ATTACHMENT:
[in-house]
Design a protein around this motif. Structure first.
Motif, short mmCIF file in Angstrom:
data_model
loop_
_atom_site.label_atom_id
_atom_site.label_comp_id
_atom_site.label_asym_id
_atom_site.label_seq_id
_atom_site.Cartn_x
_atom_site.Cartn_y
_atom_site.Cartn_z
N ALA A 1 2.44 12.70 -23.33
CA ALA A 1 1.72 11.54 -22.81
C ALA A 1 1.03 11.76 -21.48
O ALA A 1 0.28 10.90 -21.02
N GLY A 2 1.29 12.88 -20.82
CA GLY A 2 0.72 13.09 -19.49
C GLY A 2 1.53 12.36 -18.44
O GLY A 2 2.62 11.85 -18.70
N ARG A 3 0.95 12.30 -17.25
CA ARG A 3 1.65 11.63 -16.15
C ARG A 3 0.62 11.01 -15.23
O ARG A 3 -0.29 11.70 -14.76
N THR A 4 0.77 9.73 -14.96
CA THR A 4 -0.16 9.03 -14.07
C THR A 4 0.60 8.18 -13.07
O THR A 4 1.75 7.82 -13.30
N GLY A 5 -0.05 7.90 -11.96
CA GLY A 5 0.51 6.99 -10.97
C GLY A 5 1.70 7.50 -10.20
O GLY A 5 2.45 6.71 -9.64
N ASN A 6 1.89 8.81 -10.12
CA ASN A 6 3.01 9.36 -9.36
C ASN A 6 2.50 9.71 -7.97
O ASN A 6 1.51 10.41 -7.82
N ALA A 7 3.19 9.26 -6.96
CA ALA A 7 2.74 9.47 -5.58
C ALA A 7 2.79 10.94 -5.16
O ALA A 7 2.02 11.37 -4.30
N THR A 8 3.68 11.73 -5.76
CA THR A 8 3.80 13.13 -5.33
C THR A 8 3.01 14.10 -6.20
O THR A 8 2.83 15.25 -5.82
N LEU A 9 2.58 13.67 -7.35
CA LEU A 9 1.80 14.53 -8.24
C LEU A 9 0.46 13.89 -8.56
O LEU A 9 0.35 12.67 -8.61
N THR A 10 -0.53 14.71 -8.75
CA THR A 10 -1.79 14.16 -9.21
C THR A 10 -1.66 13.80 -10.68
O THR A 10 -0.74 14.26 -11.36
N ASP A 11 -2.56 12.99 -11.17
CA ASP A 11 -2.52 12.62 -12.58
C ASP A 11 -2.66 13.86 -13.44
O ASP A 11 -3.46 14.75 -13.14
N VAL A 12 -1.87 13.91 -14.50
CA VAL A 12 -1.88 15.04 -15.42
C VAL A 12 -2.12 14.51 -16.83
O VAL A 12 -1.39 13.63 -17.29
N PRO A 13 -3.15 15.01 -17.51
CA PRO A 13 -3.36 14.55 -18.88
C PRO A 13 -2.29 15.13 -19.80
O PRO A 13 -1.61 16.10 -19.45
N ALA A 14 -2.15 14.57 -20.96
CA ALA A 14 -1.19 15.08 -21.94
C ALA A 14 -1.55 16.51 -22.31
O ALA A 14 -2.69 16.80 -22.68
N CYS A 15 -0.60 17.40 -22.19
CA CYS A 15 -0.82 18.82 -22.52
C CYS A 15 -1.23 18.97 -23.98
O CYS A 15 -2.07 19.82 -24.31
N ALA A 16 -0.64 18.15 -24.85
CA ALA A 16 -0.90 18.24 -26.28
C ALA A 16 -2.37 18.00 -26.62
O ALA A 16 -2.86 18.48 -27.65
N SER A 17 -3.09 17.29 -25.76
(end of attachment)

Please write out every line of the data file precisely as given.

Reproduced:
[in-house]
Design a protein around this motif. Structure first.
Motif, short mmCIF file in Angstrom:
data_model
loop_
_atom_site.label_atom_id
_atom_site.label_comp_id
_atom_site.label_asym_id
_atom_site.label_seq_id
_atom_site.Cartn_x
_atom_site.Cartn_y
_atom_site.Cartn_z
N ALA A 1 2.44 12.70 -23.33
CA ALA A 1 1.72 11.54 -22.81
C ALA A 1 1.03 11.76 -21.48
O ALA A 1 0.28 10.90 -21.02
N GLY A 2 1.29 12.88 -20.82
CA GLY A 2 0.72 13.09 -19.49
C GLY A 2 1.53 12.36 -18.44
O GLY A 2 2.62 11.85 -18.70
N ARG A 3 0.95 12.30 -17.25
CA ARG A 3 1.65 11.63 -16.15
C ARG A 3 0.62 11.01 -15.23
O ARG A 3 -0.29 11.70 -14.76
N THR A 4 0.77 9.73 -14.96
CA THR A 4 -0.16 9.03 -14.07
C THR A 4 0.60 8.18 -13.07
O THR A 4 1.75 7.82 -13.30
N GLY A 5 -0.05 7.90 -11.96
CA GLY A 5 0.51 6.99 -10.97
C GLY A 5 1.70 7.50 -10.20
O GLY A 5 2.45 6.71 -9.64
N ASN A 6 1.89 8.81 -10.12
CA ASN A 6 3.01 9.36 -9.36
C ASN A 6 2.50 9.71 -7.97
O ASN A 6 1.51 10.41 -7.82
N ALA A 7 3.19 9.26 -6.96
CA ALA A 7 2.74 9.47 -5.58
C ALA A 7 2.79 10.94 -5.16
O ALA A 7 2.02 11.37 -4.30
N THR A 8 3.68 11.73 -5.76
CA THR A 8 3.80 13.13 -5.33
C THR A 8 3.01 14.10 -6.20
O THR A 8 2.83 15.25 -5.82
N LEU A 9 2.58 13.67 -7.35
CA LEU A 9 1.80 14.53 -8.24
C LEU A 9 0.46 13.89 -8.56
O LEU A 9 0.35 12.67 -8.61
N THR A 10 -0.53 14.71 -8.75
CA THR A 10 -1.79 14.16 -9.21
C THR A 10 -1.66 13.80 -10.68
O THR A 10 -0.74 14.26 -11.36
N ASP A 11 -2.56 12.99 -11.17
CA ASP A 11 -2.52 12.62 -12.58
C ASP A 11 -2.66 13.86 -13.44
O ASP A 11 -3.46 14.75 -13.14
N VAL A 12 -1.87 13.91 -14.50
CA VAL A 12 -1.88 15.04 -15.42
C VAL A 12 -2.12 14.51 -16.83
O VAL A 12 -1.39 13.63 -17.29
N PRO A 13 -3.15 15.01 -17.51
CA PRO A 13 -3.36 14.55 -18.88
C PRO A 13 -2.29 15.13 -19.80
O PRO A 13 -1.61 16.10 -19.45
N ALA A 14 -2.15 14.57 -20.96
CA ALA A 14 -1.19 15.08 -21.94
C ALA A 14 -1.55 16.51 -22.31
O ALA A 14 -2.69 16.80 -22.68
N CYS A 15 -0.60 17.40 -22.19
CA CYS A 15 -0.82 18.82 -22.52
C CYS A 15 -1.23 18.97 -23.98
O CYS A 15 -2.07 19.82 -24.31
N ALA A 16 -0.64 18.15 -24.85
CA ALA A 16 -0.90 18.24 -26.28
C ALA A 16 -2.37 18.00 -26.62
O ALA A 16 -2.86 18.48 -27.65
N SER A 17 -3.09 17.29 -25.76